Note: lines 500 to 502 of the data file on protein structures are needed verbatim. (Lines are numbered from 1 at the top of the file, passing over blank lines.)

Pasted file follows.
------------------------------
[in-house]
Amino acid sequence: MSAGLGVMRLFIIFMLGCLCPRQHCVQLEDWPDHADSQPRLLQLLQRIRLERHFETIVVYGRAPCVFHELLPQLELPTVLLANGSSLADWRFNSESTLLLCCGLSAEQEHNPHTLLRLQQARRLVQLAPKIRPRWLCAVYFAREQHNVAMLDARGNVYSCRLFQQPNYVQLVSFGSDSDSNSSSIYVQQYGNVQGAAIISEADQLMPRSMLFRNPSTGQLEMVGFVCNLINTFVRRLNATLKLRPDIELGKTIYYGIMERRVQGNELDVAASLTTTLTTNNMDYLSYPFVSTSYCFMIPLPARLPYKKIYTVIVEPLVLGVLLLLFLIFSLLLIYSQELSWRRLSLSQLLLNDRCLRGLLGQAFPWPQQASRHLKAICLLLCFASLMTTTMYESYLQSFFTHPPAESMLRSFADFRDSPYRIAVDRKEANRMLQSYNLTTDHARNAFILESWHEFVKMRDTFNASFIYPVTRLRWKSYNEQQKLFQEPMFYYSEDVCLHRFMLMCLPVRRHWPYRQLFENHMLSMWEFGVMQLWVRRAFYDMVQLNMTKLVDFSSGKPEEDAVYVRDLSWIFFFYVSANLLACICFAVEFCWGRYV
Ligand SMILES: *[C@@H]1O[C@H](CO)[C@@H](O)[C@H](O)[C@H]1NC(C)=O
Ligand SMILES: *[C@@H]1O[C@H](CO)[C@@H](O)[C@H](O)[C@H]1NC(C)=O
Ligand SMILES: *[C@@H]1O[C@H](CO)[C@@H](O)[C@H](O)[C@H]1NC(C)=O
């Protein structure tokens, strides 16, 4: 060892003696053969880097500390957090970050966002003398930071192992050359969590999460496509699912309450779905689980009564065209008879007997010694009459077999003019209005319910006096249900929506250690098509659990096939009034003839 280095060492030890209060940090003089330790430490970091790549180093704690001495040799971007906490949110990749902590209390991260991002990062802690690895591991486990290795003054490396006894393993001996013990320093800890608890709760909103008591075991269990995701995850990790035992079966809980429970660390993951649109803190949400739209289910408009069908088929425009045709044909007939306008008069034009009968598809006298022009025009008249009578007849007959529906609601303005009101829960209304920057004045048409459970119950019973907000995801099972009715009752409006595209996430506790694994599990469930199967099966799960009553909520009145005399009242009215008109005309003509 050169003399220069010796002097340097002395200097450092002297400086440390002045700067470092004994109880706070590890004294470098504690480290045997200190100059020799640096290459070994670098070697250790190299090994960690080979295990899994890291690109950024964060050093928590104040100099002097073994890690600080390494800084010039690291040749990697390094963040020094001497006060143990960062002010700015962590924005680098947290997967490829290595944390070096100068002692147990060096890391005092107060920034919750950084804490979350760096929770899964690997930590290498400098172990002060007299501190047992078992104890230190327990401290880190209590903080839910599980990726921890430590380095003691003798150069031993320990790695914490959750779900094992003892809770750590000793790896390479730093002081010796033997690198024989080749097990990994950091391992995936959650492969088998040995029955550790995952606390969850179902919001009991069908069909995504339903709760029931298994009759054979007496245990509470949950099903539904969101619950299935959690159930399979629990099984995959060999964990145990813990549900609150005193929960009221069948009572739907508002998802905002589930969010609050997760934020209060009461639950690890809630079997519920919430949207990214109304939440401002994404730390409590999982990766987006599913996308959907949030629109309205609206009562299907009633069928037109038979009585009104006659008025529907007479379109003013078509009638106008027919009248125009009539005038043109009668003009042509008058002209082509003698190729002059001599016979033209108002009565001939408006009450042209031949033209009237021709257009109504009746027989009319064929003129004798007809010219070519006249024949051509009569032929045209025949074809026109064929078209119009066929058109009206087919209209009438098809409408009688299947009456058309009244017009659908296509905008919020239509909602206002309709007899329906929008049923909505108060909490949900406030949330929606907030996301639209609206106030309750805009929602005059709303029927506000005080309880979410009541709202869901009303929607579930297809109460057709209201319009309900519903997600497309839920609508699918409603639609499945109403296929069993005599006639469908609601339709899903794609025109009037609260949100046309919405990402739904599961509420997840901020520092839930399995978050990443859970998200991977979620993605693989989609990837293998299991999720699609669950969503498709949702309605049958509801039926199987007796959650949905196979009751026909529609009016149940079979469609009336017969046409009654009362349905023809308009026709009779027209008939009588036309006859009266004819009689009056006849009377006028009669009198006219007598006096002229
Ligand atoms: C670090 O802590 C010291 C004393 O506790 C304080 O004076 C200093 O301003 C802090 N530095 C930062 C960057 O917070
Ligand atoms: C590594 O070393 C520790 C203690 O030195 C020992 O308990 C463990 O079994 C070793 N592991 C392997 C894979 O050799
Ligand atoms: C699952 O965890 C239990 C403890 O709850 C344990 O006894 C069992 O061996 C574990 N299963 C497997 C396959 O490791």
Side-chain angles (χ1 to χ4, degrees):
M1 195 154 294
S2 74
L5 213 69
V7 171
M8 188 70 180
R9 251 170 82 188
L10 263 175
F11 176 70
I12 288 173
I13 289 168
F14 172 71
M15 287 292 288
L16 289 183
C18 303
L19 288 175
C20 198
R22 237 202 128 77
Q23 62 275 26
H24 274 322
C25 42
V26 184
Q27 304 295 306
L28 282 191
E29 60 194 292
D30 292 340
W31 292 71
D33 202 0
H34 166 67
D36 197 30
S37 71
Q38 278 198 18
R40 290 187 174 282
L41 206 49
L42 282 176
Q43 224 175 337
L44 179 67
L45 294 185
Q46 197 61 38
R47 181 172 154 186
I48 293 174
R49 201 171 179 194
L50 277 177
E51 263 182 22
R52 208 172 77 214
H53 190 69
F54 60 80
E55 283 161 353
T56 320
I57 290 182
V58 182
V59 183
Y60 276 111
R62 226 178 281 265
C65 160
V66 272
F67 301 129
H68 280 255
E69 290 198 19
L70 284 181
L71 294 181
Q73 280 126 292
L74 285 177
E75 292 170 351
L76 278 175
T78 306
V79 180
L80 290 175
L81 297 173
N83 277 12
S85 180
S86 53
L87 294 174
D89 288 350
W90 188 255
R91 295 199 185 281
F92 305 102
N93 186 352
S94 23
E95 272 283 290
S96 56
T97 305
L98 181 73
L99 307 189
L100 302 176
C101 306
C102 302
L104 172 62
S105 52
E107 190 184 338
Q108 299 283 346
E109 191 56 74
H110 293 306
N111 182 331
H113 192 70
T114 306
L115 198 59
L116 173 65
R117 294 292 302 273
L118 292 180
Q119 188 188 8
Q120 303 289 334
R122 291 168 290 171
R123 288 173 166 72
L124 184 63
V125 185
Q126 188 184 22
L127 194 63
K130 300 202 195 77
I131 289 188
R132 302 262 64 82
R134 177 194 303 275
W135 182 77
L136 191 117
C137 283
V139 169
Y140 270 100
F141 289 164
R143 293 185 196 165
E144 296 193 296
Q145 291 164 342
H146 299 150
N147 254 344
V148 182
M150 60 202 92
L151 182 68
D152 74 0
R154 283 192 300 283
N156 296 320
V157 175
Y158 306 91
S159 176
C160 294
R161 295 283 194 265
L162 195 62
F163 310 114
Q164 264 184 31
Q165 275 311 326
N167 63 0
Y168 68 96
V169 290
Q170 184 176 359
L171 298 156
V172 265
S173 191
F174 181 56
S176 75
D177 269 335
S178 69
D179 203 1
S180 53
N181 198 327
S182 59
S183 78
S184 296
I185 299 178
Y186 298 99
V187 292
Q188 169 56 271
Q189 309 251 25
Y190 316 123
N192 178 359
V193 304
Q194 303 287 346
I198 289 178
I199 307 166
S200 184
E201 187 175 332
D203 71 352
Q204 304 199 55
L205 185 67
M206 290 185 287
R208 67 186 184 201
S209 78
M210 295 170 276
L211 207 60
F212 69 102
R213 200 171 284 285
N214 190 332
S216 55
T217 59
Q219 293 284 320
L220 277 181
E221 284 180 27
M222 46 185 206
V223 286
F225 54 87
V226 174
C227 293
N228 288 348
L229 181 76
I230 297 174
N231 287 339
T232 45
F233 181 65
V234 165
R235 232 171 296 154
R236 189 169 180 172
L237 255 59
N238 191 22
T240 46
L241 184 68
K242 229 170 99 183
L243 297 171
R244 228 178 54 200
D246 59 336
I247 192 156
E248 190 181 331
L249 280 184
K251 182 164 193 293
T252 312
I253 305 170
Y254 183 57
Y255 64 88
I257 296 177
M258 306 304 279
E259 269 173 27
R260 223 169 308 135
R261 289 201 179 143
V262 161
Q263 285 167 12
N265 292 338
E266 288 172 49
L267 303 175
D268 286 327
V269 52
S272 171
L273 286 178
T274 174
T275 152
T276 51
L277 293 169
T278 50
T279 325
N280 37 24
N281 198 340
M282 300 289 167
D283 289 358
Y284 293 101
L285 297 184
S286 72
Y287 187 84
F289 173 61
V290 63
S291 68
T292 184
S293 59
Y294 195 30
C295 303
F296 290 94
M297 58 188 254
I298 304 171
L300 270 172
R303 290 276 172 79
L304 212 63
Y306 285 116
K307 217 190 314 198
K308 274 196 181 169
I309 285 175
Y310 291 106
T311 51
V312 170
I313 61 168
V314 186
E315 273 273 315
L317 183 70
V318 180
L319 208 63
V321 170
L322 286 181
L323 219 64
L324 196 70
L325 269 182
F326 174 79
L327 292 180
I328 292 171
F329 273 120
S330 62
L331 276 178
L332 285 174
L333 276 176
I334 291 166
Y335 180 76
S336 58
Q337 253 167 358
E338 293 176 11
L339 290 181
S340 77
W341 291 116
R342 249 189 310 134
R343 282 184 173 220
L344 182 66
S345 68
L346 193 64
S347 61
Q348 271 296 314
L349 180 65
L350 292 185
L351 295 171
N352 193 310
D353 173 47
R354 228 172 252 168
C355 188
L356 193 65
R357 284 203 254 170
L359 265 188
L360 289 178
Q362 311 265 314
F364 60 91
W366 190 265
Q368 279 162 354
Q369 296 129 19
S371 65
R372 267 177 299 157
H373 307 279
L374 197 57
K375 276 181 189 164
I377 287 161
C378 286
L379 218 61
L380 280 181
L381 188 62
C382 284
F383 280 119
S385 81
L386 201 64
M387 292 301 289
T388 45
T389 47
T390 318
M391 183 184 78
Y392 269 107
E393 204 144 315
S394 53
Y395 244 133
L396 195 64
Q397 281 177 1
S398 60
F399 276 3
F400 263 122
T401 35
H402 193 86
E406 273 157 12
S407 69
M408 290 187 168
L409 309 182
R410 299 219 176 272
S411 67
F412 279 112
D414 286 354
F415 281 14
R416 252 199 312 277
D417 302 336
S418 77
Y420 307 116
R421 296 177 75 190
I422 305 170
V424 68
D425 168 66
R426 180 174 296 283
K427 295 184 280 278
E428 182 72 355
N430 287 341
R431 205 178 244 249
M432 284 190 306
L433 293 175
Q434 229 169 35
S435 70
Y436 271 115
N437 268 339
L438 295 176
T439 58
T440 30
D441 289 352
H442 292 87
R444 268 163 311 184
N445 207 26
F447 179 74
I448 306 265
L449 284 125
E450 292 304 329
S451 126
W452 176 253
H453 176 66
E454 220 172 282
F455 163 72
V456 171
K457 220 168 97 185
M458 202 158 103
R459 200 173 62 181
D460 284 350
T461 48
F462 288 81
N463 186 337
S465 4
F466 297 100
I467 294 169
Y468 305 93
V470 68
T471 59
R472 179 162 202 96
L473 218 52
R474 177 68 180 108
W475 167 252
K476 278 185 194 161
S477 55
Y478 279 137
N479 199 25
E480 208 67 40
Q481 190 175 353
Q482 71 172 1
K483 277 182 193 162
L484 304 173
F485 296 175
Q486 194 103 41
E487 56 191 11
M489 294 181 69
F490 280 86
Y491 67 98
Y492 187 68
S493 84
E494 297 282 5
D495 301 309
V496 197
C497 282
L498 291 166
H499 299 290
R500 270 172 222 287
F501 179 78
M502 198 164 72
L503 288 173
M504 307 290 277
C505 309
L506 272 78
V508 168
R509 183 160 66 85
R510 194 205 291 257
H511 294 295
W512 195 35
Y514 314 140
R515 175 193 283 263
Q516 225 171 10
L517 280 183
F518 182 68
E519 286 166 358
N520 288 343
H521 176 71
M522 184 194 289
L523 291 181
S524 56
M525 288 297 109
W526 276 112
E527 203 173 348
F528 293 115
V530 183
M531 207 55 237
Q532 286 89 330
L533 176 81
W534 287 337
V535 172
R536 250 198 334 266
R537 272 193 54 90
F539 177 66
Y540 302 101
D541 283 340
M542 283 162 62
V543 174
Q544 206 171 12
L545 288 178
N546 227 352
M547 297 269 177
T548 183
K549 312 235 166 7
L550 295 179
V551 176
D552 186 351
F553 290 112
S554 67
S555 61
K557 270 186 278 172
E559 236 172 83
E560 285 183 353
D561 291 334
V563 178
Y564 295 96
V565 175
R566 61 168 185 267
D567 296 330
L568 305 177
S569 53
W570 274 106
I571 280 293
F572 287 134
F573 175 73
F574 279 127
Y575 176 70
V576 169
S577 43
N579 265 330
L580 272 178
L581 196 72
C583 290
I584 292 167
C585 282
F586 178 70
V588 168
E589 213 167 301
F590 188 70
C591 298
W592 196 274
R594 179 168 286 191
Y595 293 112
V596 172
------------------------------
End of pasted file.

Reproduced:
W570 274 106
I571 280 293
F572 287 134